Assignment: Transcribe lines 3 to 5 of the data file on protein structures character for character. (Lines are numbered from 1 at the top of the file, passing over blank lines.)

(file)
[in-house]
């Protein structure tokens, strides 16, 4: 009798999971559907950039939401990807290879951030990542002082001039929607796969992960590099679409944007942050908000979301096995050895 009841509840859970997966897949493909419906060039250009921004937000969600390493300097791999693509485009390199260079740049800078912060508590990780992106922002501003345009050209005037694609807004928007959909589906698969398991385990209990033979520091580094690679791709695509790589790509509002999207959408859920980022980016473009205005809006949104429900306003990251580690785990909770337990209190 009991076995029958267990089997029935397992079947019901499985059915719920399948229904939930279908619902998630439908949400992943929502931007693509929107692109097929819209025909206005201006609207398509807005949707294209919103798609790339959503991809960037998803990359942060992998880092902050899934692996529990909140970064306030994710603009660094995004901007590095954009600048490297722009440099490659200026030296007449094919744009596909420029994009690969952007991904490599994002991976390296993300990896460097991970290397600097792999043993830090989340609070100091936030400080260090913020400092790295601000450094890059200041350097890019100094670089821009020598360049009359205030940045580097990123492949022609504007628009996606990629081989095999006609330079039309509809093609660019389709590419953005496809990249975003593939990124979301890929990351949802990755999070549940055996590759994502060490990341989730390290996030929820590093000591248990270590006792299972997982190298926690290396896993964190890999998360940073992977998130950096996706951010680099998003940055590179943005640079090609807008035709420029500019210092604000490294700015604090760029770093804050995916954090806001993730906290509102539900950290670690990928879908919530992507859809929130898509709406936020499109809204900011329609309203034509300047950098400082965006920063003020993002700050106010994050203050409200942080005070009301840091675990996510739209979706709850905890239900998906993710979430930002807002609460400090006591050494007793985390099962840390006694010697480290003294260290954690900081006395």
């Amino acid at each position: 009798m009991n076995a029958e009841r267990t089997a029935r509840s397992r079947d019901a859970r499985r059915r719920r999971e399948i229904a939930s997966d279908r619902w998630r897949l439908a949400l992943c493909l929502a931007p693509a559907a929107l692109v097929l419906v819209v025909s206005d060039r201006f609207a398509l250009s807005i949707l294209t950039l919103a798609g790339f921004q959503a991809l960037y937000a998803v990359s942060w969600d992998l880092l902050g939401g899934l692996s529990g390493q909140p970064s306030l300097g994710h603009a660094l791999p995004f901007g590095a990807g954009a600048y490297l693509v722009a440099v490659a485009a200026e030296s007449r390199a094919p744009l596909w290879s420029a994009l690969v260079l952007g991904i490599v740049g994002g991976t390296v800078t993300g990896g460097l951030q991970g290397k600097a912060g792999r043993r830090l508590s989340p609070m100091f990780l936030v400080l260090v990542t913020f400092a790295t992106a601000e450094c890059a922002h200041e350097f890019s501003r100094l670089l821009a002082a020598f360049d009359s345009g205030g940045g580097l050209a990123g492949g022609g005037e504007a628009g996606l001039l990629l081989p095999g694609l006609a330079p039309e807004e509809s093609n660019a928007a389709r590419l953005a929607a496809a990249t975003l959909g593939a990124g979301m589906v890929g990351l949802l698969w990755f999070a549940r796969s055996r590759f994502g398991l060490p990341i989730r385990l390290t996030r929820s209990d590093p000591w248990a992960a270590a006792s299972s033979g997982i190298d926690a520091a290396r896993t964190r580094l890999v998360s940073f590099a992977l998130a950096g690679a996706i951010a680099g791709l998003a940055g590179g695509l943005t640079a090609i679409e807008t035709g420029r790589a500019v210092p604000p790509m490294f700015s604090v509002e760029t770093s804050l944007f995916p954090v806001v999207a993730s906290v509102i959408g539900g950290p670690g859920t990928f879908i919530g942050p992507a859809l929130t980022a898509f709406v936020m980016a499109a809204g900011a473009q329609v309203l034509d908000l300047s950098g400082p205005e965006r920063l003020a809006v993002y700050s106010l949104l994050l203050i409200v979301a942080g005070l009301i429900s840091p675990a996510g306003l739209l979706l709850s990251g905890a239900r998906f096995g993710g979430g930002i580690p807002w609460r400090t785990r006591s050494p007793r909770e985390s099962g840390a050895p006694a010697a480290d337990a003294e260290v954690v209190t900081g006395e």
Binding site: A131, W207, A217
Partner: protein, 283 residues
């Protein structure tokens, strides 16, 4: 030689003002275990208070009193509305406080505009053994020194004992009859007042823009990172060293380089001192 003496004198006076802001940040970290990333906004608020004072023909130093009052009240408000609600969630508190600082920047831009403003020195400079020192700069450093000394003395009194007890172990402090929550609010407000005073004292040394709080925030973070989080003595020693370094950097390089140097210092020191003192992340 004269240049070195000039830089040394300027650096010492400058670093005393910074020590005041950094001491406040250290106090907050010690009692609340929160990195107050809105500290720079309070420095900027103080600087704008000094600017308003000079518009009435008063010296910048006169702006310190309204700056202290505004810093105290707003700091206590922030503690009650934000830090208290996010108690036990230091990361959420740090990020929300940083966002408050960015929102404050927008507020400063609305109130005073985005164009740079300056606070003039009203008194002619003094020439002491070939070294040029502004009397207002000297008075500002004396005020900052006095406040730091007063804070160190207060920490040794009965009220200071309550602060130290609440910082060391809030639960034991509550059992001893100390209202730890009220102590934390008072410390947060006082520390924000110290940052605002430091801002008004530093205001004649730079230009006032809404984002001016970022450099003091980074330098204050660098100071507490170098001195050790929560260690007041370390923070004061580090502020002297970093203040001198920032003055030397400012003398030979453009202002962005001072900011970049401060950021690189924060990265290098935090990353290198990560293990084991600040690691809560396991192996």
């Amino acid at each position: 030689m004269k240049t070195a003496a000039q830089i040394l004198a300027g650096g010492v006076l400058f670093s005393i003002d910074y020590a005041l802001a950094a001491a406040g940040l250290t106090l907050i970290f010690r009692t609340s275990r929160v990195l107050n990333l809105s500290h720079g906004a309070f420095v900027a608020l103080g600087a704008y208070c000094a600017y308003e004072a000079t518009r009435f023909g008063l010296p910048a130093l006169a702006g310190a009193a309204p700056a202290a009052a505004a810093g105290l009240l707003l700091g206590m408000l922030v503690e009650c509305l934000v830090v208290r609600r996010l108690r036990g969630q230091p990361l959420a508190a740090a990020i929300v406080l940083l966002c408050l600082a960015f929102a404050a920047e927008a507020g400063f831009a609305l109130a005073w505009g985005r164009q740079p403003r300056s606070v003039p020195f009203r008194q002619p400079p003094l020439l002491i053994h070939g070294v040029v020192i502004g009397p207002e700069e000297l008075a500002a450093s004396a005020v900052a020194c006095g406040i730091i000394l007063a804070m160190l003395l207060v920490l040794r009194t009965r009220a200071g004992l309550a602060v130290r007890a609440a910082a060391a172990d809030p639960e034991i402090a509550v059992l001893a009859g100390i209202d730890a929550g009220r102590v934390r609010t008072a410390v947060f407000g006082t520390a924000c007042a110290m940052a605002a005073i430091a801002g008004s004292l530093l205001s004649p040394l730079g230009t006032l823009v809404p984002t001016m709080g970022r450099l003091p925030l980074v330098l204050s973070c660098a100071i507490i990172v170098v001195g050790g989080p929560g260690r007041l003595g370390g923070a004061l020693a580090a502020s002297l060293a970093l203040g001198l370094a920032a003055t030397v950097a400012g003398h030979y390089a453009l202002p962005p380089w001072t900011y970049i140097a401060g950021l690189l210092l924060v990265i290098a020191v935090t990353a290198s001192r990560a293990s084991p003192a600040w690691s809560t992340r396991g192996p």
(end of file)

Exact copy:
């Amino acid at each position: 009798m009991n076995a029958e009841r267990t089997a029935r509840s397992r079947d019901a859970r499985r059915r719920r999971e399948i229904a939930s997966d279908r619902w998630r897949l439908a949400l992943c493909l929502a931007p693509a559907a929107l692109v097929l419906v819209v025909s206005d060039r201006f609207a398509l250009s807005i949707l294209t950039l919103a798609g790339f921004q959503a991809l960037y937000a998803v990359s942060w969600d992998l880092l902050g939401g899934l692996s529990g390493q909140p970064s306030l300097g994710h603009a660094l791999p995004f901007g590095a990807g954009a600048y490297l693509v722009a440099v490659a485009a200026e030296s007449r390199a094919p744009l596909w290879s420029a994009l690969v260079l952007g991904i490599v740049g994002g991976t390296v800078t993300g990896g460097l951030q991970g290397k600097a912060g792999r043993r830090l508590s989340p609070m100091f990780l936030v400080l260090v990542t913020f400092a790295t992106a601000e450094c890059a922002h200041e350097f890019s501003r100094l670089l821009a002082a020598f360049d009359s345009g205030g940045g580097l050209a990123g492949g022609g005037e504007a628009g996606l001039l990629l081989p095999g694609l006609a330079p039309e807004e509809s093609n660019a928007a389709r590419l953005a929607a496809a990249t975003l959909g593939a990124g979301m589906v890929g990351l949802l698969w990755f999070a549940r796969s055996r590759f994502g398991l060490p990341i989730r385990l390290t996030r929820s209990d590093p000591w248990a992960a270590a006792s299972s033979g997982i190298d926690a520091a290396r896993t964190r580094l890999v998360s940073f590099a992977l998130a950096g690679a996706i951010a680099g791709l998003a940055g590179g695509l943005t640079a090609i679409e807008t035709g420029r790589a500019v210092p604000p790509m490294f700015s604090v509002e760029t770093s804050l944007f995916p954090v806001v999207a993730s906290v509102i959408g539900g950290p670690g859920t990928f879908i919530g942050p992507a859809l929130t980022a898509f709406v936020m980016a499109a809204g900011a473009q329609v309203l034509d908000l300047s950098g400082p205005e965006r920063l003020a809006v993002y700050s106010l949104l994050l203050i409200v979301a942080g005070l009301i429900s840091p675990a996510g306003l739209l979706l709850s990251g905890a239900r998906f096995g993710g979430g930002i580690p807002w609460r400090t785990r006591s050494p007793r909770e985390s099962g840390a050895p006694a010697a480290d337990a003294e260290v954690v209190t900081g006395e």
Binding site: A131, W207, A217
Partner: protein, 283 residues